Jackson Rathbone: Oh, no. I’ve definitely thought about it. Guns are great, right? You shoot a zombie in the head and boom, they’re done. However, that’s a bullet. You’ve got to count them every time. Sword, you get yourself a nice sanding stone, keep it sharp. It’s probably easiest. And it depends on what kind of zombies we’re talking about, because that brings it to a different level. If we’re talking World War Z zombies, that’s different. If we’re talking about the classic zombie—which I’m much more a fan of—the rotting corpse, slowly making its way towards you.. The horde is really what you have to worry about. They’re always coming, and they’re always there. That, to me, is more terrifying than these super fast… I don’t even like to call them zombies. They’re super quick. That’s more like a meta-human kind of hybrid than it is, to me, a zombie. Does that make sense?

PopHorror: Yes, it does. I never thought of a sword. That gives you length. I always said knife but that doesn’t really give you the length that you have with a sword. Great answer!

Jackson Rathbone: Like a good Katana, a proper Japanese blade forged in true steel. Gives you a body-length away. My wife and I used to go and play at this sandbox VR thing where you put on the VR set and then you fight zombies. You always have a sword to start off with, and I always found it was the most trusty weapon. If the zombies got quick and got close to you, you were swinging that sword around. I have videos of my wife with a headset on and just swinging wildly and screaming at a VR horde of zombies. Ah, I love it.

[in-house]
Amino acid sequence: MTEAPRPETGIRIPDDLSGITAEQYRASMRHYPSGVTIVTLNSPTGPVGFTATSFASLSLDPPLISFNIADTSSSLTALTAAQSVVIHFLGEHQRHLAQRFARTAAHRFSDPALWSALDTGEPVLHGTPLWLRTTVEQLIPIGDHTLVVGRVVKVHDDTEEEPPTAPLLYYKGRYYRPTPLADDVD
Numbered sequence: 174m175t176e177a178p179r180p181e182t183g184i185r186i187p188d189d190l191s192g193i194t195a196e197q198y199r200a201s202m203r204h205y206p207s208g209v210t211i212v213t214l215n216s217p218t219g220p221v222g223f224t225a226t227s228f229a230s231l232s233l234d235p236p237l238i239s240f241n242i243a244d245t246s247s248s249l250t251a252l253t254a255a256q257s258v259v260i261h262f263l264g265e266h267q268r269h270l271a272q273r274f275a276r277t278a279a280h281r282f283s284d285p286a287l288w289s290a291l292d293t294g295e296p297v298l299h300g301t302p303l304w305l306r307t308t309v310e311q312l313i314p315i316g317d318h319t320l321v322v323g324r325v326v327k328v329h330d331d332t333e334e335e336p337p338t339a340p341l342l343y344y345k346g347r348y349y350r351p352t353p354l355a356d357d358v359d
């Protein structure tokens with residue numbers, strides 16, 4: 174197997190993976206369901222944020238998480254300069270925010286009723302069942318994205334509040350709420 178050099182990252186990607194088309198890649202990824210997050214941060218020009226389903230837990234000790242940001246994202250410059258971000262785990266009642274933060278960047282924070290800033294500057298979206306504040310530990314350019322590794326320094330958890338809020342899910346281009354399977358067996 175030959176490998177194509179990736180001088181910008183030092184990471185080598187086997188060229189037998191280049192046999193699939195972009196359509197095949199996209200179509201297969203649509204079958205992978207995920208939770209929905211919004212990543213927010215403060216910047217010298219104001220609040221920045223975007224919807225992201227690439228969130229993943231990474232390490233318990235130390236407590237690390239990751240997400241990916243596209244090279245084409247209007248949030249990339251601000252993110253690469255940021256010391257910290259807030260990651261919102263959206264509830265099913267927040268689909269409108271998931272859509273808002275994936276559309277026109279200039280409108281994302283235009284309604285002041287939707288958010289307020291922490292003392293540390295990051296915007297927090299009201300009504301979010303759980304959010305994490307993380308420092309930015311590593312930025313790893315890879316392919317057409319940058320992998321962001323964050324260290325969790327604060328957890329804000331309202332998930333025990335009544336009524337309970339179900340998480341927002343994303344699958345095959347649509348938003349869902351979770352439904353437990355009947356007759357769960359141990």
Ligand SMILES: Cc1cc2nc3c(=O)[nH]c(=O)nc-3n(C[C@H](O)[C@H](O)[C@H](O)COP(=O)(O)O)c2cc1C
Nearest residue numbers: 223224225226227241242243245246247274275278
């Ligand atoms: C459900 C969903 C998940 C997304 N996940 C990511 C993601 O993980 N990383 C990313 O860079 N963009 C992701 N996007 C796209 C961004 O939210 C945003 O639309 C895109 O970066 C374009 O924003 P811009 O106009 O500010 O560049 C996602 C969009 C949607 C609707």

PopHorror: That sounds fun! What is up next for you, Jackson?

Jackson Rathbone: I’ve been writing a lot, and I’m looking to figure out my directorial debut. I’ve directed shorts, a few music videos, and a web series, which was a comedy, but I’ve been obsessed with the idea of generational trauma and how it plays out across. One of my favorite books is One Hundred Years of Solitude, which deals directly with magical realism and generation trauma, and I wanted to see if I could parlay that into horror. And so it’s something that I’ve been working on for awhile that will be my directing debut, and I want it to be this particular horror film that deals with generational trauma through the lens of true horror and supernatural.

PopHorror: Directorial debut! That’s exciting! I’ll have to keep an eye out for that. You’ve intrigued me.

Jackson Rathbone: Oh, I’m so nervous. I’m very nervous, but this is something I’m passionate about. I’m passionate about filmmaking and telling stories. I will say, the best audience out there is the horror audience. They know how to have a good time. That’s one thing I’ve thought about a long time. You only get one first, right? So I think my first needs to be something that matters to me and something that speaks to me as an artist and lets me do something progressive, hopefully. And that’s the horror genre.

PopHorror: Yes, absolutely! I just have one last question for you today. What’s your favorite scary movie?

Jackson Rathbone: Ooh, that’s a good one. My buddies and I were talking about this last week. It’s hard. My favorite scary movie… That’s a hard one. I think nothing can be taken away from The Exorcist. I think that there’s something truly phenomenal about that movie. I grew up with a very conservative Christian evangelical family that believes in exorcisms and possessions, and so that movie freaked the hell out of me. It’s a perfectly crafted film. And I know it’s controversial, but I really, really loved Malignant.

Thank you so much, Jackson, for taking the time to speak with us. Be sure to catch Warhunt in theaters, Digital, and On Demand, now!

About Tiffany Blem

Horror lover, dog mommy, book worm, EIC of PopHorror.